I’d be lying if I didn’t admit that one of the first things that drew me to Lost Words: Beyond the Page was Rhianna Pratchett. If that last name looks familiar to you, you’d be right in recognizing it. Like many fantasy nerds, I was a big fan of her father, Terry Pratchett’s work. It wasn’t until doing some further research into Rhianna’s writing portfolio that I realized she’s actually a badass video game writer, that has worked on some of my favorite games in recent memory like Tomb Raider and Bioshock Infinite. With that in mind, I was ready to take the leap and jump into Lost Words: Beyond the Page’s gameplay, but what I wasn’t ready for was the rollercoaster of emotions Rhianna and the team had set up for me.
It’s incredibly difficult to know where to start when talking about Lost Words: Beyond the Page, because I just want to grab the nearest person, shake them silly, and tell them to play this game so they can experience its incredible story on their own. Lost Words: Beyond the Page is a shorter title that took me about 4.5 hours to complete, but it’s the kind of game that stays in your heart for far longer after that.
We follow the journey of Izzy as she confides in her Journal about life and the struggles that come with starting your own story. As her daily life unfolds, you control a charming illustration that moves around the pages and climbs on top of words and sentences like a 2D platformer. I opted to play with my controller which made things feel pretty seamless! Through this narrative view, we come to learn that Izzy is a very young aspiring writer, and spends a lot of time with her grandmother, Gran Gran. Gran Gran is always excited and supportive of Izzy, and is fairly fond of giving her wise words of advice like “Write what you know” and “A writer writes.”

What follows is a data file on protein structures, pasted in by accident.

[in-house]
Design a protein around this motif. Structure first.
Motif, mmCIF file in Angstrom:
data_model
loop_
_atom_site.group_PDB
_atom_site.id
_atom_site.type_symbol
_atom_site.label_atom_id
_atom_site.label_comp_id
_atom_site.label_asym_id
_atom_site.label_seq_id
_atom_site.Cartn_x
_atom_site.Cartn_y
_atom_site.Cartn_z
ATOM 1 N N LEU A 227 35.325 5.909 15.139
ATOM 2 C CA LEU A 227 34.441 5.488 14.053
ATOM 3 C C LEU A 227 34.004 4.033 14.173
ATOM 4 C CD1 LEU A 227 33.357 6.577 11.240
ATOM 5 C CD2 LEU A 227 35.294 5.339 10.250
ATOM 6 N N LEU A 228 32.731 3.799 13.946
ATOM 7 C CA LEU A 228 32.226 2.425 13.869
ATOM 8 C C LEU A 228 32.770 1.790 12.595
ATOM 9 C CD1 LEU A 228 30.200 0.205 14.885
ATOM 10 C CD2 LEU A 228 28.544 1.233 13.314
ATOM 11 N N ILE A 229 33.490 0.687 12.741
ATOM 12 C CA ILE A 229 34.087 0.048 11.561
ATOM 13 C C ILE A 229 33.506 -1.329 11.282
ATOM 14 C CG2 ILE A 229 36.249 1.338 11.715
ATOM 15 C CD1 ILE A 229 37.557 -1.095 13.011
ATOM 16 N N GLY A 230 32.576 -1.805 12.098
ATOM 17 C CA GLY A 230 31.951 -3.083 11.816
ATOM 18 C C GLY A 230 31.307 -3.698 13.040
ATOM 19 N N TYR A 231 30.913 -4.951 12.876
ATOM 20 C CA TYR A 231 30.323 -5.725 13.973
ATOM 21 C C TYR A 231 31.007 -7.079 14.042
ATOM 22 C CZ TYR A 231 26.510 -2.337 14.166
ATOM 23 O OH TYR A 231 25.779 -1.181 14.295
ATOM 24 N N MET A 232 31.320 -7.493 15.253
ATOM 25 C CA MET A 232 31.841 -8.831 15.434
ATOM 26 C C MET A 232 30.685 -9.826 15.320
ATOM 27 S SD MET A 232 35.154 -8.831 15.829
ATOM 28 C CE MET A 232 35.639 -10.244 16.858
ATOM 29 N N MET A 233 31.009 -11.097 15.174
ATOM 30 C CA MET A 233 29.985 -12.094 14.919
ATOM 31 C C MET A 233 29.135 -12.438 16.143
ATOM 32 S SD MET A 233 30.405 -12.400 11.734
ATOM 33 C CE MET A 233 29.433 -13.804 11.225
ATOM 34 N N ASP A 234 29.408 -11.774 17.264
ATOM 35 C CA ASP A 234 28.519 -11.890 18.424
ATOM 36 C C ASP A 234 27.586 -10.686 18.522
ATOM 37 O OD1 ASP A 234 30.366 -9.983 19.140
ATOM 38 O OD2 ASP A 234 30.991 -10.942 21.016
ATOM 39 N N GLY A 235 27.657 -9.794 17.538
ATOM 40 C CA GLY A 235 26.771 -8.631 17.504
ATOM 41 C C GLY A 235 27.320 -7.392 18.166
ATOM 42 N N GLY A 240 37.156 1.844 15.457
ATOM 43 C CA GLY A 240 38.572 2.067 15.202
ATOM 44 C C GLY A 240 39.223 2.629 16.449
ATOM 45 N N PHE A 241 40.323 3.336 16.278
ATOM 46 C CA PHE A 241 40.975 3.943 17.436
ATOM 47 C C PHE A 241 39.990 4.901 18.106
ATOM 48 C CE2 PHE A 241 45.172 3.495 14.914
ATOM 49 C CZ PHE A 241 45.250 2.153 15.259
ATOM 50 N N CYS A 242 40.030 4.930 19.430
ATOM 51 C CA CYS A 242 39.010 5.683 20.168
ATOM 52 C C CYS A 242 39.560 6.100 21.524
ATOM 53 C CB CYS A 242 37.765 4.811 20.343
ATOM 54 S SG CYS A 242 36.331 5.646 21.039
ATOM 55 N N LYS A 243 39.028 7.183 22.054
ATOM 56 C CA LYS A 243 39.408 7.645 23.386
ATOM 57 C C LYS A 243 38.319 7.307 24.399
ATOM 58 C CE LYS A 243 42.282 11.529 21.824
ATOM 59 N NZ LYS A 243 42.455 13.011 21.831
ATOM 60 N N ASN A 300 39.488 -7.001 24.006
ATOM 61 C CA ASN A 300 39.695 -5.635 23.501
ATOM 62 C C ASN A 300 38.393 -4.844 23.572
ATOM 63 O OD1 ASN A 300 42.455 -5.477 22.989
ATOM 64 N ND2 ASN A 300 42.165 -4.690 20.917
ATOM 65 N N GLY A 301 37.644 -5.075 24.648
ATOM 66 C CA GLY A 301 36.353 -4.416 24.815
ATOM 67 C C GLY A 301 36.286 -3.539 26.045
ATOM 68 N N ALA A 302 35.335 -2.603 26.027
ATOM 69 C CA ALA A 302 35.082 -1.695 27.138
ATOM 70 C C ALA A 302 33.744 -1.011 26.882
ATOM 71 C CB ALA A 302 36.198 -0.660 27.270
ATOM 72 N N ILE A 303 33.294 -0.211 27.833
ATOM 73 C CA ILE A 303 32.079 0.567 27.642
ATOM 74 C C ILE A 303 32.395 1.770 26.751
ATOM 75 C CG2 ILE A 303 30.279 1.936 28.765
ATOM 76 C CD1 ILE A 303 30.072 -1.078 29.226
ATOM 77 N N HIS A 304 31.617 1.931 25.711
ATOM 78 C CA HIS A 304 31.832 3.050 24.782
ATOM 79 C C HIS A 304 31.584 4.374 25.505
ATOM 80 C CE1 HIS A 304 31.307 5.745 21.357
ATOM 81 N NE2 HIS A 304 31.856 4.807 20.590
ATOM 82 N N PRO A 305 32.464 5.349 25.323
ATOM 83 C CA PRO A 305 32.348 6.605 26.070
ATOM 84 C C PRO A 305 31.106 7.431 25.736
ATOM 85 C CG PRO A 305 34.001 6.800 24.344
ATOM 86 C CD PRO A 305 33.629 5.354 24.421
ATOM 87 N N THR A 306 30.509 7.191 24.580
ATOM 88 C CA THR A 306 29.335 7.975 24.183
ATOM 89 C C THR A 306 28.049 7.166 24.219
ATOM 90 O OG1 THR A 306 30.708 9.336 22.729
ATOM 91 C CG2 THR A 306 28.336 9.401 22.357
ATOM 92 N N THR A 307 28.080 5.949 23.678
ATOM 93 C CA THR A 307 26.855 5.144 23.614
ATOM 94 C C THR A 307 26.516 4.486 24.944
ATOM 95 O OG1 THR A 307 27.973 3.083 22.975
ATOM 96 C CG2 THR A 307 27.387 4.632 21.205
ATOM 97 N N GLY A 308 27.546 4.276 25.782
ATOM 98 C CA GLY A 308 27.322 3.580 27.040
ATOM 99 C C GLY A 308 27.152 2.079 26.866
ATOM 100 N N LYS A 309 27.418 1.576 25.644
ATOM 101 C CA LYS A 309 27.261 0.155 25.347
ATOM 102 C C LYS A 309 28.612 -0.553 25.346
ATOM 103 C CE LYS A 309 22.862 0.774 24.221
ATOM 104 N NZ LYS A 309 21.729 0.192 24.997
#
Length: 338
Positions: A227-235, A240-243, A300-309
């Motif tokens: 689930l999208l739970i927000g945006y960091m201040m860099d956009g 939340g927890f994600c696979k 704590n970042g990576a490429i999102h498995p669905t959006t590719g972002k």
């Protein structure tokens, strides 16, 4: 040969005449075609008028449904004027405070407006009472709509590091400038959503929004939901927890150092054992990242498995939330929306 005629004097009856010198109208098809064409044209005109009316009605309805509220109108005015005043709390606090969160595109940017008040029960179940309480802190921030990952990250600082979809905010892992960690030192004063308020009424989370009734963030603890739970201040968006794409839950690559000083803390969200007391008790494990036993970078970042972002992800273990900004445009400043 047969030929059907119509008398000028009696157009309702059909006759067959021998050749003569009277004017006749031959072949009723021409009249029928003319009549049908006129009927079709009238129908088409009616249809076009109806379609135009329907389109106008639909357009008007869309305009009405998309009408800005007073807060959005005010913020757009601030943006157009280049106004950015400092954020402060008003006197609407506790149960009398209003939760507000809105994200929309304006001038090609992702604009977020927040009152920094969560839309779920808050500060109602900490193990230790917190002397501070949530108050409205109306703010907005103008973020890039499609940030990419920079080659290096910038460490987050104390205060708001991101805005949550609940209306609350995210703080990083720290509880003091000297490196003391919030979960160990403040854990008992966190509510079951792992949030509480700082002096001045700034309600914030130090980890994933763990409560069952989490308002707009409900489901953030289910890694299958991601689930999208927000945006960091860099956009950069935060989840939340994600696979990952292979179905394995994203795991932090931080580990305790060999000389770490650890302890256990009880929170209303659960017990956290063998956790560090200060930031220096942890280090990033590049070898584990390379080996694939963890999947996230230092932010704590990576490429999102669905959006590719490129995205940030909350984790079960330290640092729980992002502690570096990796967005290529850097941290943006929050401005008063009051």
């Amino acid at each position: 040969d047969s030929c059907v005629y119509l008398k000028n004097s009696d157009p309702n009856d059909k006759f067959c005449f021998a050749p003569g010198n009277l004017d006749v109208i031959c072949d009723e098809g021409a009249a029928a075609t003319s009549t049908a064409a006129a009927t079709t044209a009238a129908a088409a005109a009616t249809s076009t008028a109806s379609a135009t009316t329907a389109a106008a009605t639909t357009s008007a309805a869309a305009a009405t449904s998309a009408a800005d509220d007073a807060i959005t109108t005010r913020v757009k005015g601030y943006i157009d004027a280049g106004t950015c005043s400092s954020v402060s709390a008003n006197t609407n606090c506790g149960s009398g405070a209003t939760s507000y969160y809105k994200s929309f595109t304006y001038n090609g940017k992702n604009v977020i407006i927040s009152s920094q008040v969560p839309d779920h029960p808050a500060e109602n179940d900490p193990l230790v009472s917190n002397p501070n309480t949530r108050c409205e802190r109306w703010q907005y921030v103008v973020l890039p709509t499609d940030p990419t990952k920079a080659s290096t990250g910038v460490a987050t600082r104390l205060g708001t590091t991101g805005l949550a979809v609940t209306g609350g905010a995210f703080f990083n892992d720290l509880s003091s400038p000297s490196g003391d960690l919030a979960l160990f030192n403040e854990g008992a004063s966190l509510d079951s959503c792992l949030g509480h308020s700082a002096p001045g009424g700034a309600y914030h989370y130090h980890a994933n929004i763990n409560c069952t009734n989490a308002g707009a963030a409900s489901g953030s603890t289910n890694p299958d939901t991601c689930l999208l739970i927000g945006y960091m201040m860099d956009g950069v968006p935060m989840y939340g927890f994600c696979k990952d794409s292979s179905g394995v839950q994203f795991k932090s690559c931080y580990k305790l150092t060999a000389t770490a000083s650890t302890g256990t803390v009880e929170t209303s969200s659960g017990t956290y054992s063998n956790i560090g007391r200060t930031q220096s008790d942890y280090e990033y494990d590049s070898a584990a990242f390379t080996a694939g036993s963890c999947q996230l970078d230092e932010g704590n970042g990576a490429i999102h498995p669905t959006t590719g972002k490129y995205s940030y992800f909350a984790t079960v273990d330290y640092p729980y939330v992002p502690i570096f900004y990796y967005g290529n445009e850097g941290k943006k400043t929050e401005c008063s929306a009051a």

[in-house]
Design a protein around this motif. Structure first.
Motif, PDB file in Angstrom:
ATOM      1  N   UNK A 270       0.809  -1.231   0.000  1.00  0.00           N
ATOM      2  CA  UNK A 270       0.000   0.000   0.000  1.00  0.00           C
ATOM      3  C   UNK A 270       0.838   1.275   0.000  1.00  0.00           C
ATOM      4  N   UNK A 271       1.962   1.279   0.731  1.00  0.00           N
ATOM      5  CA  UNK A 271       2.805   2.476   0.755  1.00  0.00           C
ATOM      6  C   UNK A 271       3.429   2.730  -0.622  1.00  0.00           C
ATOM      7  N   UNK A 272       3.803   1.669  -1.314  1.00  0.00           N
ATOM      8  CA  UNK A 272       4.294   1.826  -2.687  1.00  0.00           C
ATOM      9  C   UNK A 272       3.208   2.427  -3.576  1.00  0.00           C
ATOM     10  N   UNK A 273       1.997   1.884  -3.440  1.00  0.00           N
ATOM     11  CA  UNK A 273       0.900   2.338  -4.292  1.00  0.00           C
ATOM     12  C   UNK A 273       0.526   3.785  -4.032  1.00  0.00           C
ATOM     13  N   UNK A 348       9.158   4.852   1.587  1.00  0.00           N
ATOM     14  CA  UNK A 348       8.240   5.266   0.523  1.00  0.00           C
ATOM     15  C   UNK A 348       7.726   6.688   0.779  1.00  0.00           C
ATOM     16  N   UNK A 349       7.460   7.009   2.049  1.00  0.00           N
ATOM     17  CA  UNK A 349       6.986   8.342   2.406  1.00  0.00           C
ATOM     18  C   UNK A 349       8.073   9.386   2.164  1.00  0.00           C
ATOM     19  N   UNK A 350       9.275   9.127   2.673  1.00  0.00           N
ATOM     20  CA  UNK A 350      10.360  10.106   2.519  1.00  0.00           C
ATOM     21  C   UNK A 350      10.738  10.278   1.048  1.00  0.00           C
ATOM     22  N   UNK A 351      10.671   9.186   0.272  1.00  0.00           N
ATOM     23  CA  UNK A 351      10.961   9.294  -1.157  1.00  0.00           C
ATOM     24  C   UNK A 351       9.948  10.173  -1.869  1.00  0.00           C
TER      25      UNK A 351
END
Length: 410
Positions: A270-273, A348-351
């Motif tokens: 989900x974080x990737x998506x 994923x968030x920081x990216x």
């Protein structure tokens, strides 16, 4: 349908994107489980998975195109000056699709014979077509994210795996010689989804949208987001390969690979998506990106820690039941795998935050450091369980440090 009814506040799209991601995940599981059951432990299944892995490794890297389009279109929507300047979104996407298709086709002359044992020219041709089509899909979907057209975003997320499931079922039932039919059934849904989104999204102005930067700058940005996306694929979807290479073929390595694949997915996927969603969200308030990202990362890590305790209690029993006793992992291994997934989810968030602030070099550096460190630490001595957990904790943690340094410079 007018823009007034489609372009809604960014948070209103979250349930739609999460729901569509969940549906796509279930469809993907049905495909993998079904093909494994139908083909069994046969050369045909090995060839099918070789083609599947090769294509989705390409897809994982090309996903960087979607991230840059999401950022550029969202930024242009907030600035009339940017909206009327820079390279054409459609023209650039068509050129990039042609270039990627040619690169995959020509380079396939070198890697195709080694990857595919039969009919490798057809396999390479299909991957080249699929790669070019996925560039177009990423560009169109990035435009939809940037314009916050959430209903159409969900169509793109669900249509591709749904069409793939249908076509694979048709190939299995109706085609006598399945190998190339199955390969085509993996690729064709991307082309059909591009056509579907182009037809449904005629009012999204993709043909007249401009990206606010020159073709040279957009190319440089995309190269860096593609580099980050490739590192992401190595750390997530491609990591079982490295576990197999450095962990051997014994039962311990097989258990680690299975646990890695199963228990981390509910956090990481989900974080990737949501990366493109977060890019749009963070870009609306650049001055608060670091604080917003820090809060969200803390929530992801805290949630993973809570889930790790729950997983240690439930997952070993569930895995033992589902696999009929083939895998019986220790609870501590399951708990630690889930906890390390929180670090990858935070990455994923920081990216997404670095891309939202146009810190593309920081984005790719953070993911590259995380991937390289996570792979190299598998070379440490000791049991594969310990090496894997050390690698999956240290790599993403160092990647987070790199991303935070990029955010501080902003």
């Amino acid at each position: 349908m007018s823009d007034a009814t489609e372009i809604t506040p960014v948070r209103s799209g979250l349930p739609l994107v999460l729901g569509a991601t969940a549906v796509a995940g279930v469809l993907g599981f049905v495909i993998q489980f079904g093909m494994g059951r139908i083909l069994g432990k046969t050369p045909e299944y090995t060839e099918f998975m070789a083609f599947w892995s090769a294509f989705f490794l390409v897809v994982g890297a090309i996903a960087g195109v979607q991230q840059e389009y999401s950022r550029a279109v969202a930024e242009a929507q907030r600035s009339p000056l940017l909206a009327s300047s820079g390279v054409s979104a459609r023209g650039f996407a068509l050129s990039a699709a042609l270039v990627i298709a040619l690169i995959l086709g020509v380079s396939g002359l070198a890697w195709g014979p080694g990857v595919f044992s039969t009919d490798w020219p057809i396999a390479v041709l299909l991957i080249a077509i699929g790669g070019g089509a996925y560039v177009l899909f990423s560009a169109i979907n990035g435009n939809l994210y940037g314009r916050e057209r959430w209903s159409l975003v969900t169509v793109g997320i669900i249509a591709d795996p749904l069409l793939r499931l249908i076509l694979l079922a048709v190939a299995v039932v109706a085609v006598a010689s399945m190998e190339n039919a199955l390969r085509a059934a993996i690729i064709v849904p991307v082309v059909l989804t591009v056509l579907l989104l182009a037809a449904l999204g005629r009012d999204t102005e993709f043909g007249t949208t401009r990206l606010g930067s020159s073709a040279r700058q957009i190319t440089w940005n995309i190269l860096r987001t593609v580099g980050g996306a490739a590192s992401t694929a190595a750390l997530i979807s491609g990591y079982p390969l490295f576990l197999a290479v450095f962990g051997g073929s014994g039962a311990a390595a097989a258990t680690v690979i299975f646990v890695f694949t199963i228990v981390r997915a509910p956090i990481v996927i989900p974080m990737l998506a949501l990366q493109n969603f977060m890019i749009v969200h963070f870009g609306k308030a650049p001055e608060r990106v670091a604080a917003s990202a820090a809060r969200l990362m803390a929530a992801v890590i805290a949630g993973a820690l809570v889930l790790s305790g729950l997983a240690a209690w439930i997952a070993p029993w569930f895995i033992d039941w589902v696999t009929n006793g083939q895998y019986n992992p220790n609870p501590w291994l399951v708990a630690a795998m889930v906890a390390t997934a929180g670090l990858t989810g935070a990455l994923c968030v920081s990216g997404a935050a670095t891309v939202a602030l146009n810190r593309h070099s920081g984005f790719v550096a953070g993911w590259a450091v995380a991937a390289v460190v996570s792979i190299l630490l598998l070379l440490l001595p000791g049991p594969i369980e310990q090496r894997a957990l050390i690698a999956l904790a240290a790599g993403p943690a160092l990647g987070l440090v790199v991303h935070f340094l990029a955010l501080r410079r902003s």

Surprising Choices in Izzy’s Story
With this relationship established, Izzy begins to sift through the kind of story she’d like to tell, and as the player, you have some autonomy in what she writes. Three options appear regularly for choices throughout the game that determine some slight changes as to how your story will play out. For example, when Izzy is describing the color of the heroine’s cloak, you get to pick which color you’d like, and that determines your character’s appearance! This inclusion was a surprising but always welcome sight whenever it popped up. I thoroughly enjoyed having a say in guiding Izzy’s hand, and frequently agonized over what choices I should make. It’s not that there was necessarily ever a wrong choice, but I felt very attached to my heroine, Robyn, and truly wanted to write a rewarding journey for her.
Izzy’s story soon starts to take shape, and our character, Robyn, has the classic hero’s journey thrust upon her. As the new Guardian of the Fireflies, she will have to travel through this world of Estoria, tracking down the frightful dragon that set fire to her village in order to bring back the fireflies that previously protected it. The previous guardian, Elder Ava (a noticeably grandmother-like figure in Robyn’s life) bestows upon Robyn an ancient book with “word magic” that allows her to manipulate the world around her.
With this, we’ll begin to pull certain words from the story Izzy is telling us, store them in the book, and use them to overcome obstacles ahead of Robyn. For instance, you can cast the word “rise” on platforms with blue, glowing runes to reach higher places, or cast “break” on stubborn blocks that block her way. Along the way, you’ll need to help Robyn keep an eye out for the fireflies that hide in some clever nooks and crannies.
The magic mechanics are simple enough to understand and use right out of the village gate. Everything you can interact with glows gently with those blue runes to indicate that you can interact with them, and it’s fairly easy to figure out which one you’ll need to use. If you do happen to get stuck, you can just try each one. There isn’t any resource management or consequence to proceeding this way, and there typically isn’t any rush to overcome obstacles.